6. DHA and AA in Neuroprotection

The most frequent neurodegenerative age-related diseases are Alzheimer’s Disease (AD) and Parkinson’s Disease (PD) [119]. Although the etiopathogenesis and clinical characteristics of AD and PD are different, these diseases share common mechanisms of damage, such as mitochondrial dysfunction [120], neuroinflammation [121], and oxidative stress [122]. AD is characterized by dementia, memory loss, and cognitive decline, disorders that are worsened with aging [123]. In 2019, the World Alzheimer Report indicated that more than 50 million people live with dementia worldwide, a number that will increase up to 152 million by 2050 [124]. In this regard, every three seconds, a person develops dementia, and the current annual cost of dementia is estimated at US $ 1 trillion, which is estimated to double by 2030 [124].
DHA via enzyme 15-lipoxygenase (15-LOX) can be converted in oxylipins, including resolvins and neuroprotectins, which are potent lipid mediators [125,126]. Furthermore, DHA may undergo lipid peroxidation producing oxylipin metabolites, such as 4-hytoxyhexenal (4-HHE) [126,127]. These metabolites may have a role in modulating oxidative cell homeostasis by regulating the activity of the transcription factors nuclear factor kappa-B (NF-κB) and nuclear factor erythroid 2-related factor 2 (Nrf2), thus participating in the inflammatory and antioxidant response, and neuroprotection [126]. Osterman et al. (2019) [128] assigned healthy adults with low fish consumption (n = 121) to receive capsules with different doses of n-3 LCPUFA reflecting three patterns of fatty fish consumption: 1, 2, or 4 servings/week with 3.27 g of EPA + DHA (1:1.2) per serving or placebo. The authors reported that plasma oxylipins after 3 and 12 months increased linearly with the highest intake of EPA and DHA [128].
Aging is a normal process of the life cycle, and its progression is usually accompanied by the decrease of a wide range of body functions, including cognitive function, marked by decreased synaptic density, decreased neuronal survival, and loss of volume of the gray and white matter [105,129,130]. Alteration of lipid metabolism also occurs [131] and is associated with the dysfunction of fluidity and activity of brain cell membranes microdomains (or rafts) [132]. Exacerbation of alteration of lipid metabolism generates abnormal brain activity that can potentially lead to the development of neurodegenerative diseases [132,133]. Factors contributing to the early cognitive decline include diseases related to unhealthy lifestyles and metabolic syndrome [104]. Among them, atherosclerosis and hypertension are relevant because an altered blood flow generates hypoperfusion and vascular dysfunction, causing an impairment of the blood-brain barrier and triggering neurodegenerative processes that lead to cognitive deterioration and, ultimately, to the development of AD [131,132].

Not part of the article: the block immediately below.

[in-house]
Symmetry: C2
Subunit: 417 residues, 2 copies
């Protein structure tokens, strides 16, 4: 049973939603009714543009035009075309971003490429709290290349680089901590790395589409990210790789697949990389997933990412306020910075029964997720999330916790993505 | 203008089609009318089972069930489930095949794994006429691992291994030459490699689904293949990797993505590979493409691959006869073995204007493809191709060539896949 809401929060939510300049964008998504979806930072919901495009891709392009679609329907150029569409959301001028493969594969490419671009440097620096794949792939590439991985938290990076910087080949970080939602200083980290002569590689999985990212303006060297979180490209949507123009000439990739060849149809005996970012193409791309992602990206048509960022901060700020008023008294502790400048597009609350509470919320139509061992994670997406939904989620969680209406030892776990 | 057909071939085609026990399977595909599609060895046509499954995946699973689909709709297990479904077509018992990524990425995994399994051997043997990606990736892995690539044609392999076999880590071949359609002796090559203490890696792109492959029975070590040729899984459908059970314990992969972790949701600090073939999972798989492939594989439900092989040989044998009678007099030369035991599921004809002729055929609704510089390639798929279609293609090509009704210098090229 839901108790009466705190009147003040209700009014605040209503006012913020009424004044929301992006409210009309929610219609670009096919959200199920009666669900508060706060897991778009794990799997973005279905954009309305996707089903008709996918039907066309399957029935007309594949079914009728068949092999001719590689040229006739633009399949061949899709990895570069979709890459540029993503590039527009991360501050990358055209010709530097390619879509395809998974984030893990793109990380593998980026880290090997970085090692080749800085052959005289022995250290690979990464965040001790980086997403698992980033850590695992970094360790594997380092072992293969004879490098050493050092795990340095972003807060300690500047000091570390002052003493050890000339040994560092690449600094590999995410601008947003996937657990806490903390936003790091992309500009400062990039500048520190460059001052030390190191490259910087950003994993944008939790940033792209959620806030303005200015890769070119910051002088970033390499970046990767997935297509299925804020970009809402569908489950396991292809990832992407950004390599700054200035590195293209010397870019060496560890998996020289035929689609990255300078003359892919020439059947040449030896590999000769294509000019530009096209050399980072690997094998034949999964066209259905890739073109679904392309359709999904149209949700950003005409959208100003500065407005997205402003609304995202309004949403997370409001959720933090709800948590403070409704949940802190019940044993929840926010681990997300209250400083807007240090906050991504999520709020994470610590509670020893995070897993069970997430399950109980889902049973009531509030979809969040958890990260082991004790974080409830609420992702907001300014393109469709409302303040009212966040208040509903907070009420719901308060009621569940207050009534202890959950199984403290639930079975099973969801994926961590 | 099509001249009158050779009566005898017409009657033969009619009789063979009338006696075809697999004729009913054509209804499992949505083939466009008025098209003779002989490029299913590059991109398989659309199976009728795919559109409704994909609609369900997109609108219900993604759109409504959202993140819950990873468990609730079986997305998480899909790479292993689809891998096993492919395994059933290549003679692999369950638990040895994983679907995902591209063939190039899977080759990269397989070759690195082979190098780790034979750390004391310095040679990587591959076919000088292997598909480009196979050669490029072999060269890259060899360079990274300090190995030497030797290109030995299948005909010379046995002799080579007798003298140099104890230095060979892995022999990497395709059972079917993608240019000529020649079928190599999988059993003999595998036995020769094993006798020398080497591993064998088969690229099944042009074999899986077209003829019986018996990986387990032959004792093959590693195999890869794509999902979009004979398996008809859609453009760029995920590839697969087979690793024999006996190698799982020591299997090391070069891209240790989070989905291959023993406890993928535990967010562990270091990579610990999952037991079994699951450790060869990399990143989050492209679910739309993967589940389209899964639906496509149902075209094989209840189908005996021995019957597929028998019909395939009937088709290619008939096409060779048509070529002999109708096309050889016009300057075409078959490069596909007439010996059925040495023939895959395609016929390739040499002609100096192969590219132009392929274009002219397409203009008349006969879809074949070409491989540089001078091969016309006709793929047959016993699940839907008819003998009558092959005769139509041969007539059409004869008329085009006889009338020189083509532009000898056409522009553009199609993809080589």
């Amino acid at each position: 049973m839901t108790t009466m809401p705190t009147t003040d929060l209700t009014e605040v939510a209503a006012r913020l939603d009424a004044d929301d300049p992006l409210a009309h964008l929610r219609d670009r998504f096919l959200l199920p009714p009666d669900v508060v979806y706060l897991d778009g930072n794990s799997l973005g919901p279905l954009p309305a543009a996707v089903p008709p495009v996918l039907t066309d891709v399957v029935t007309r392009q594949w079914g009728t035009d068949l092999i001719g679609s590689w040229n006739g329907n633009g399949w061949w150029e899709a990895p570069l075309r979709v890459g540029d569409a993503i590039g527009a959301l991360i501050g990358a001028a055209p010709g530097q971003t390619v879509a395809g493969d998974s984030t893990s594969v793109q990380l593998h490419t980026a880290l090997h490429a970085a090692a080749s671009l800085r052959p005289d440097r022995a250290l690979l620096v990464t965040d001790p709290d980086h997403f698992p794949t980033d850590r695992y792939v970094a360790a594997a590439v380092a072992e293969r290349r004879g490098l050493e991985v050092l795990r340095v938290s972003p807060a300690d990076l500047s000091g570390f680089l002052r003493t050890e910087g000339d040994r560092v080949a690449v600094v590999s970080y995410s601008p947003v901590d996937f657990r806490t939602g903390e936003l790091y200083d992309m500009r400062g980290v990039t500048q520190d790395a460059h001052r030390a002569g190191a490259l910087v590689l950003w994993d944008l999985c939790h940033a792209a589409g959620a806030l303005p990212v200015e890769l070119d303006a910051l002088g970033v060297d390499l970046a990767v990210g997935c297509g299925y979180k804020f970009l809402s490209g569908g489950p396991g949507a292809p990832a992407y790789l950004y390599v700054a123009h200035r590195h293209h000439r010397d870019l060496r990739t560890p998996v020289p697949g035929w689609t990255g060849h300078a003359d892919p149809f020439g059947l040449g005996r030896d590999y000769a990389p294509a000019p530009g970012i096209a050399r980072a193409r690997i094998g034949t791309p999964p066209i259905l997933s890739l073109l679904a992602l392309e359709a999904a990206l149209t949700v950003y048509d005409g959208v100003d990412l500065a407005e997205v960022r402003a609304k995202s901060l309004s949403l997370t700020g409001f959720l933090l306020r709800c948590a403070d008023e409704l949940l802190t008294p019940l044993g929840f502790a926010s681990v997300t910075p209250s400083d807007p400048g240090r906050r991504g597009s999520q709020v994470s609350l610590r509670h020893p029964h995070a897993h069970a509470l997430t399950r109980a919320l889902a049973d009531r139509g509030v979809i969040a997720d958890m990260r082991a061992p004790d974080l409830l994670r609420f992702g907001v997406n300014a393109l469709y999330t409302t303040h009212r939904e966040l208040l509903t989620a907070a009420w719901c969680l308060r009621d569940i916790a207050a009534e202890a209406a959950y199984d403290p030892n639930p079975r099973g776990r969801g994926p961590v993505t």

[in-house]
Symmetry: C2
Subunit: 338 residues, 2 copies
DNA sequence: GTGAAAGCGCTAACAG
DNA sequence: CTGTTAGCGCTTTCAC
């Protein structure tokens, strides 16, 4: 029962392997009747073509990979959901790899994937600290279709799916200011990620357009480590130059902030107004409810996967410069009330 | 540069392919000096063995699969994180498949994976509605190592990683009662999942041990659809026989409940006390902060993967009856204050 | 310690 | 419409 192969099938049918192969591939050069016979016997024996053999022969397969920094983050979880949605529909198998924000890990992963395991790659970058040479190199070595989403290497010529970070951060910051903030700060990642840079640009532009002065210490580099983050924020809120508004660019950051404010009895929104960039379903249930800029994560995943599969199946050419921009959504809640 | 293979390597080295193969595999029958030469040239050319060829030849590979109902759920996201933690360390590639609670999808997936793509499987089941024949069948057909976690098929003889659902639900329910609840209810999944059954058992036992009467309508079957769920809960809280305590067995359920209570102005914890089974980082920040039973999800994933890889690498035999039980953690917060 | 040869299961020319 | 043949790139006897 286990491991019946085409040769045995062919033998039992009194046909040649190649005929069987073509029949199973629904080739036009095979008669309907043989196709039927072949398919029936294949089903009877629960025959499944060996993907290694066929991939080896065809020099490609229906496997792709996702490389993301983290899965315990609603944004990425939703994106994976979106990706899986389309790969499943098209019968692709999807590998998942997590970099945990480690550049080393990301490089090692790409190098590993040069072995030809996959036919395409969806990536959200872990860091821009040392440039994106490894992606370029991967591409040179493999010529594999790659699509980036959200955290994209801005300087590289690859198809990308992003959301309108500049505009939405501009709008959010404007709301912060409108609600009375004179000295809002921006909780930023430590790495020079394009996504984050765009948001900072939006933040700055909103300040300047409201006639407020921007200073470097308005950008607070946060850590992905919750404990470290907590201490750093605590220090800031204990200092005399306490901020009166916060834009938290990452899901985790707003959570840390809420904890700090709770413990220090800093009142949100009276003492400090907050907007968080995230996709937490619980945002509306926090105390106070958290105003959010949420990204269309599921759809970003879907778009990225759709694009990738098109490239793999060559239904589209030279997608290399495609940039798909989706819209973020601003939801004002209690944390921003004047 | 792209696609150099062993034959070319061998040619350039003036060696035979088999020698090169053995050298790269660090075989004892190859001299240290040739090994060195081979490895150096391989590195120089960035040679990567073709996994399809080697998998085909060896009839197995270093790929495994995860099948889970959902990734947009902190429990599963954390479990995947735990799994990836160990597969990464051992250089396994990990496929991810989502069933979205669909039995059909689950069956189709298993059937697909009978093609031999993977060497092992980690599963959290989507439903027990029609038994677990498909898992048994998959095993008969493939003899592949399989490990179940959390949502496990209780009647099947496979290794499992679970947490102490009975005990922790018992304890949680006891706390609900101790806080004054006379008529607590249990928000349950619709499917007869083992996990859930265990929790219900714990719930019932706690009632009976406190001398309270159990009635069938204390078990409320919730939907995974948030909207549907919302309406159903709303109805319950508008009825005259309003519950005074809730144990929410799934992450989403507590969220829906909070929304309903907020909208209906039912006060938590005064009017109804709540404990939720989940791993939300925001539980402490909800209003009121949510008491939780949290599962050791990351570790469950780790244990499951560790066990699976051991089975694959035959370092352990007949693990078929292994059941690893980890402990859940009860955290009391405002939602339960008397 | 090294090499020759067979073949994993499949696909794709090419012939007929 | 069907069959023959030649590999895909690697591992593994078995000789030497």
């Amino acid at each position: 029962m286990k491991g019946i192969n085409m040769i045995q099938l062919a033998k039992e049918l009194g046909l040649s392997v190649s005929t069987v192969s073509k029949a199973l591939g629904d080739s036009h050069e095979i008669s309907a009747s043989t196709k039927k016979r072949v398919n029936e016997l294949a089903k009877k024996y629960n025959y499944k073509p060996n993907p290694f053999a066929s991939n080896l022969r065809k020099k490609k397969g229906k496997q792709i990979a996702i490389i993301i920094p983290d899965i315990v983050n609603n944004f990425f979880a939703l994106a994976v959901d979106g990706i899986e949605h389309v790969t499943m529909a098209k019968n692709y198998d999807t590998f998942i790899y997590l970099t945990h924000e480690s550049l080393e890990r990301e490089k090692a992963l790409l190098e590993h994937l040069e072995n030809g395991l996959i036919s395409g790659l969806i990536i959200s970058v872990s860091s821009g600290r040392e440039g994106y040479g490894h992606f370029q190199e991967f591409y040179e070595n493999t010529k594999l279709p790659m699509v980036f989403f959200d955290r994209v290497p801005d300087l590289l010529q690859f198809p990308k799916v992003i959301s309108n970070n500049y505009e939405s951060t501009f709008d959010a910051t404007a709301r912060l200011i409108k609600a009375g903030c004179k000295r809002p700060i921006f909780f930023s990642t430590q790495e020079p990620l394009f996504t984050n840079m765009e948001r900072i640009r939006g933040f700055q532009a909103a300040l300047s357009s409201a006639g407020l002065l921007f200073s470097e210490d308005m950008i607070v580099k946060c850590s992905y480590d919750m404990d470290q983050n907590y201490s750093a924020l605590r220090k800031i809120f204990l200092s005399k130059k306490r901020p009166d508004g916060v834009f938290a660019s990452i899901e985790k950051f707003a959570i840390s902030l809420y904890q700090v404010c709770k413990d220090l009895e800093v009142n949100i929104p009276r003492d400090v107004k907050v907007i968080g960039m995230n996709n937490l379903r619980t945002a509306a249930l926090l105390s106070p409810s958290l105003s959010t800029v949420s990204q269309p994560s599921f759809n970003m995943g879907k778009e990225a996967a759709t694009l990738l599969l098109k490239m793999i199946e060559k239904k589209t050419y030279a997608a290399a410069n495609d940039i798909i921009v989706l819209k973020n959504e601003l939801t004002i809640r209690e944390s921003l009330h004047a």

The pathogenesis of AD has not been fully resolved. However, it is known that the mechanisms that trigger the pathology are related to: (i) low levels of acetylcholine [134]; (ii) aggregation of insoluble β-amyloid (Aβ) peptides, a product of abnormal processing of the amyloidal precursor protein, in neuritic plaques, leading to Aβ accumulation in the CNS [135,136,137]; (iii) hyperphosphorylation of the tau protein associated with microtubules, causing intraneuronal accumulation of neurofibrillary tangles of tau protein and disruption of neuronal microtubules [138,139]; and (iv) oxidative stress, leading to inflammation, synaptic toxicity and accumulation of intraneuronal inclusions [136,140] (Figure 3). Regarding its clinical characteristics, AD is a slowly progressive disease and three stages can be recognized in its evolution: the first is characterized by memory failures; in the second, language disorders, apraxias, and Gerstmann syndrome (agraphia and agnosia) are frequently added; and in the third stage, the patient is physically disabled and prostrated [141,142].